In these pictures, both skiers are heading for the red gate on a line and at a speed that wonít allow them to hold an arc that will bring them out of the turn on the line they want. Rather than try to adjust their line, they pivot their skis sideways to slow to a speed that they can hold in a carving arc that brings them out on their desired line.

There is a difference in their tactics, however. Raich executes a classic steering pivot, or ďstivot.Ē He brakes by skidding at the same time as he is turning, then gets his skis carving while they are directed across the fall line.

Ligety has a little different approach: He takes a straighter, steeper line at the red panel. Then, by pivoting his skis almost completely across his direction of travel, he brakes in a straight line. He then straightens his skis back out so they are in the fall line, and carves the rest of his turn from there.

 Is Ligetyís approach faster? It conforms to a long-held dictum in automobile and motorcycle racing: If you have to brake for a turn, always do it before you enter the turn, while youíre traveling in a straight line. Braking while youíre turning reduces your grip, meaning you canít hold as much speed in the turn and are more likely to skid. The same is true in skiing: Dumping speed while youíre turning makes it more difficult to finish the turn by carving. This approach also affords him a tighter line than Raich, as evidenced by his position relative to the red panel in the fourth frame. And finally, it allows him to carve down the fall line where Raich is skidding, sending Ligety out of the turn faster.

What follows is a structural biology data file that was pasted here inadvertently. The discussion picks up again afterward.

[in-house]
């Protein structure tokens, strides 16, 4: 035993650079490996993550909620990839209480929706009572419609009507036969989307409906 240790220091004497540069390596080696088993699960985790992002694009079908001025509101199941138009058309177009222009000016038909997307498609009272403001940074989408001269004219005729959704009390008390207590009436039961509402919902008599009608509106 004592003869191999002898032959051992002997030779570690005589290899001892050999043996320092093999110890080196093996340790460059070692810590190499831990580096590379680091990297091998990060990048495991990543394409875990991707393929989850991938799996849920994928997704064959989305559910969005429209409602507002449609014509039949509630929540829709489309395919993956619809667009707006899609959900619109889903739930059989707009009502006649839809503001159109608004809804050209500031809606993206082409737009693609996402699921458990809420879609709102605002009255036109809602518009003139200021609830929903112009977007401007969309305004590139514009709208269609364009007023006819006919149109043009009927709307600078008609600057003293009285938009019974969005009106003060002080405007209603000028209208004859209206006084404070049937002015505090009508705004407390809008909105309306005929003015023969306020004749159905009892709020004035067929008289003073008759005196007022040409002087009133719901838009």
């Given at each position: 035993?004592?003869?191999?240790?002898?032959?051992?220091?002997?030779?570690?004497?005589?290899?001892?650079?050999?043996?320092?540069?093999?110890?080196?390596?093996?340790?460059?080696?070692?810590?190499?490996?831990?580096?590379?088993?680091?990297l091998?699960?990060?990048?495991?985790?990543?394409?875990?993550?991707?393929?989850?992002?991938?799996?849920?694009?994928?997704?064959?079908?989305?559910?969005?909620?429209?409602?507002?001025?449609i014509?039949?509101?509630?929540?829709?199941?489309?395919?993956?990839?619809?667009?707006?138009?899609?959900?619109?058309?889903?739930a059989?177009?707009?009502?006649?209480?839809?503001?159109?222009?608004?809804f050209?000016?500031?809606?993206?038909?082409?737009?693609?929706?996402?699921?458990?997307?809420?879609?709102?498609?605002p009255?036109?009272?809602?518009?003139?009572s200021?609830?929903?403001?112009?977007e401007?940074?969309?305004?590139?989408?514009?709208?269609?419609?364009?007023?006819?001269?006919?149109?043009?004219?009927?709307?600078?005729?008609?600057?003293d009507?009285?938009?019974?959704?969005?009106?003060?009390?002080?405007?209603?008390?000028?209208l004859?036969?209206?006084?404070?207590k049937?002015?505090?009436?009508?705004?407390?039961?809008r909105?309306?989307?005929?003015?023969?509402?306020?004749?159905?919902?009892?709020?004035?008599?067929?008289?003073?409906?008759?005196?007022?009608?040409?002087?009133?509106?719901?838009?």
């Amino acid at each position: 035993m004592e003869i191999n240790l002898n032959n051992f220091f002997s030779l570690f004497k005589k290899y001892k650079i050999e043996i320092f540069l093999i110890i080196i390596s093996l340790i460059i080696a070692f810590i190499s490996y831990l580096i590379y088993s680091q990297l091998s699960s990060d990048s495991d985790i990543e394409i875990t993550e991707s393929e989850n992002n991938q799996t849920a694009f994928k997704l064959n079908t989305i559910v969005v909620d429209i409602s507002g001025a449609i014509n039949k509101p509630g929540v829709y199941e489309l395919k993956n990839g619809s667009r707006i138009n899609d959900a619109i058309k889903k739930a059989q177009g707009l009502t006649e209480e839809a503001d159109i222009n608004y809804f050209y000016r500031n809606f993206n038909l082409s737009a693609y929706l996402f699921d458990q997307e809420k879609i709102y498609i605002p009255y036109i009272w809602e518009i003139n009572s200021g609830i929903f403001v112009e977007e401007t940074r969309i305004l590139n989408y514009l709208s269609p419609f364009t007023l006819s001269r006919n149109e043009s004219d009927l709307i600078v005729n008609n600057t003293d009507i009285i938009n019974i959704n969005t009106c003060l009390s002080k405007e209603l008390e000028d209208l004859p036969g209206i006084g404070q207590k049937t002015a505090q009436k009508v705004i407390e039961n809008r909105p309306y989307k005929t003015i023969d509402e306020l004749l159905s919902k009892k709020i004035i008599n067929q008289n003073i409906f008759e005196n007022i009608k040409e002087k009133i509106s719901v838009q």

Figure 1 represents a more conventional tactic for these gates. Figure 2 represents the approach taken by Ligety, and figure3, Raichís. In all cases the skier exits the turn around the red gate in the same place with the same direction.

The conventional line sets up for the red gate so that the arc will be the tightest the skier can hold at the speed at which he comes out of the turn around the blue gate. The other two lines take the skier to a point above the red gate that requires a tighter arc than the conventional line in order to make the desired exit to the turn. But the skier wonít be able to hold this tight an arc because heíd be going even faster than the skier on the conventional line. So in the second and third cases the skier must reduce his speed to the point that he can hold the tighter arc. In Ligetyís case, the line out of the blue gate is steeper than Benniís, and the carving starts in the fall line, while Raichís skis are across the fall line when he starts to carve.